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Music, the Business

by OutOfTowner November 18, 2011


Recently I passed the 10 th anniversary of being a professional vocalist (I get paid to sing, so by default I am professional). I was having a conversation recently with a friend who is a huge music lover and amateur musician, and in the course of conversation he mentioned how he loves to just sit down on his keyboard and jam away all the time, and how much fun it is. This reminded me of a conversation that I had with another friend a number of years ago. He is a drummer, and a very fine one at that. I was trying to convince him to play professionally and told him he’d do well. His response to me was that although he knew he was good enough, he’d never do it, because he doesn’t ever want to lose the love he has for music, and the fun he has when playing. I am not trying to suggest that becoming a professional musician will take away the love and the fun of the music, but it got me thinking. For most people out there, music is fun, and a diversion. For us professionals it’s a business, and something that even if you only do it part time, as I do, still demands a lot of practice and prep time. Without getting into the work involved with being a band leader (dealing with clients, hiring musicians, getting all your equipment and music books in order, etc…), even a regular musician or vocalist has a lot of work to do. Anyone who wants to stay on top of his profession must devote time to practicing, learning all the latest songs (and words), and doing the proper exercise to handle the physical challenges that will give you the stamina on the jobs you play or sing at. There is also continued training that many of us have to go through to try and improve. I can hear why someone would think (and how it is actually possible) that becoming a professional musician would take away from the love and fun of it. However, I personally have quite the opposite experience myself. I come from a family of professional musicians that have been performing for close to 40 years. Their enthusiasm and excitement hasn’t waned at all over the years, and in my 10 years, neither has mine. The adrenaline rush I get when I start to sing at a job is an unbelievable phenomenon. A doctor once commented that he is jealous of musicians. He has people coming to him all day telling and showing him their problems. We get paid to make people happy! What can be more fun than that?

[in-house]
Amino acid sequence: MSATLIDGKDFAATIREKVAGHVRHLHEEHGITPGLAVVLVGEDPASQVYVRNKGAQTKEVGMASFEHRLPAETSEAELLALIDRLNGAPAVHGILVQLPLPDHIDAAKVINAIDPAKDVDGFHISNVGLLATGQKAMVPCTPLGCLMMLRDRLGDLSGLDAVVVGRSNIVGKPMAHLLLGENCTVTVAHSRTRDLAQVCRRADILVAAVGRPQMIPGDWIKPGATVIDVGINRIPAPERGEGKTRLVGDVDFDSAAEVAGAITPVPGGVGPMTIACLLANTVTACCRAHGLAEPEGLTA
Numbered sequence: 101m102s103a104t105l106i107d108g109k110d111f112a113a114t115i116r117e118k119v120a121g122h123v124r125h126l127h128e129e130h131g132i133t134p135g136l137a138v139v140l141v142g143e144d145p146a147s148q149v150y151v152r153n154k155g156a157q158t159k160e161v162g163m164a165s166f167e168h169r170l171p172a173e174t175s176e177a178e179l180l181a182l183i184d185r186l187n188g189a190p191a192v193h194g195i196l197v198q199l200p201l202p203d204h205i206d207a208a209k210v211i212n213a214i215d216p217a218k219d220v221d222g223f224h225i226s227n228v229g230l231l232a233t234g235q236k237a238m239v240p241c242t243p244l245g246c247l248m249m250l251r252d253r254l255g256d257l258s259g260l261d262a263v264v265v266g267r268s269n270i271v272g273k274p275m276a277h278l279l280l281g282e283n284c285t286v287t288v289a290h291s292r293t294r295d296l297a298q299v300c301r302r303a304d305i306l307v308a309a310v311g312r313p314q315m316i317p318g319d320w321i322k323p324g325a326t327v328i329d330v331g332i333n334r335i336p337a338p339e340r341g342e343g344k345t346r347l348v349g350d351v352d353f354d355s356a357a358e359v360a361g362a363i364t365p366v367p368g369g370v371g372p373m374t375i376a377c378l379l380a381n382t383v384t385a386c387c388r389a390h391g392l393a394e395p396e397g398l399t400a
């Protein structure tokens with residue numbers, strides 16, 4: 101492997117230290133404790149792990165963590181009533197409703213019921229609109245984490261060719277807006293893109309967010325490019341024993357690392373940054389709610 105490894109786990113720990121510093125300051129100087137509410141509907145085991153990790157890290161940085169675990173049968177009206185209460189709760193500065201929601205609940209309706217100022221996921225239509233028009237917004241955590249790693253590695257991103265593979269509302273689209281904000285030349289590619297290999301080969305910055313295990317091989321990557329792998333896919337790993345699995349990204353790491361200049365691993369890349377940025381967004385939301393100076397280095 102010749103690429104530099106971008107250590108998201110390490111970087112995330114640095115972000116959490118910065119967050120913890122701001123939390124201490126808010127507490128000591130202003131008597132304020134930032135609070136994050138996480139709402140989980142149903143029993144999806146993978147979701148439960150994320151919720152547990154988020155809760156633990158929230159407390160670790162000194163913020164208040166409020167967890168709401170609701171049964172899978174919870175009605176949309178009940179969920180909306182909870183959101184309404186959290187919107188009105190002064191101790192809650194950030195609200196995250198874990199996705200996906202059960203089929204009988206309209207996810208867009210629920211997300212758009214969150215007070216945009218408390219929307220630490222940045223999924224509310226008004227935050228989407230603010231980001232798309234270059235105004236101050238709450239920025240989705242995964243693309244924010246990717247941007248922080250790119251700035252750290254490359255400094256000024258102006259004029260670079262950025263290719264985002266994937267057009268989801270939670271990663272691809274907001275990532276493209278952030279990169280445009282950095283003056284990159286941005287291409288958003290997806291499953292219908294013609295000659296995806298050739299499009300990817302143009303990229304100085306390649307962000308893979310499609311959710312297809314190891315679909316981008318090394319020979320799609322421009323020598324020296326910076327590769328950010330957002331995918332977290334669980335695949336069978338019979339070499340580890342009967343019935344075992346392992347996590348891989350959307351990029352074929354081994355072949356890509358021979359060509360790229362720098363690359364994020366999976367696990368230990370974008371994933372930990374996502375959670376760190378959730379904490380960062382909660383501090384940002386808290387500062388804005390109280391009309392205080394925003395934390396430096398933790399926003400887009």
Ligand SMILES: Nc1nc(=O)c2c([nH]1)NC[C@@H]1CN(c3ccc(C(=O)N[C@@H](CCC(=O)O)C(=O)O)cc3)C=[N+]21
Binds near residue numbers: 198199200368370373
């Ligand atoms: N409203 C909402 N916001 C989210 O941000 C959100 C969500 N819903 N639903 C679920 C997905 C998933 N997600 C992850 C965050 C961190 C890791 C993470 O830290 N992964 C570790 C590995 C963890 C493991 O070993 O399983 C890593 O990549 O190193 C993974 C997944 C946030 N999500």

OutOfTowner
OutOfTowner


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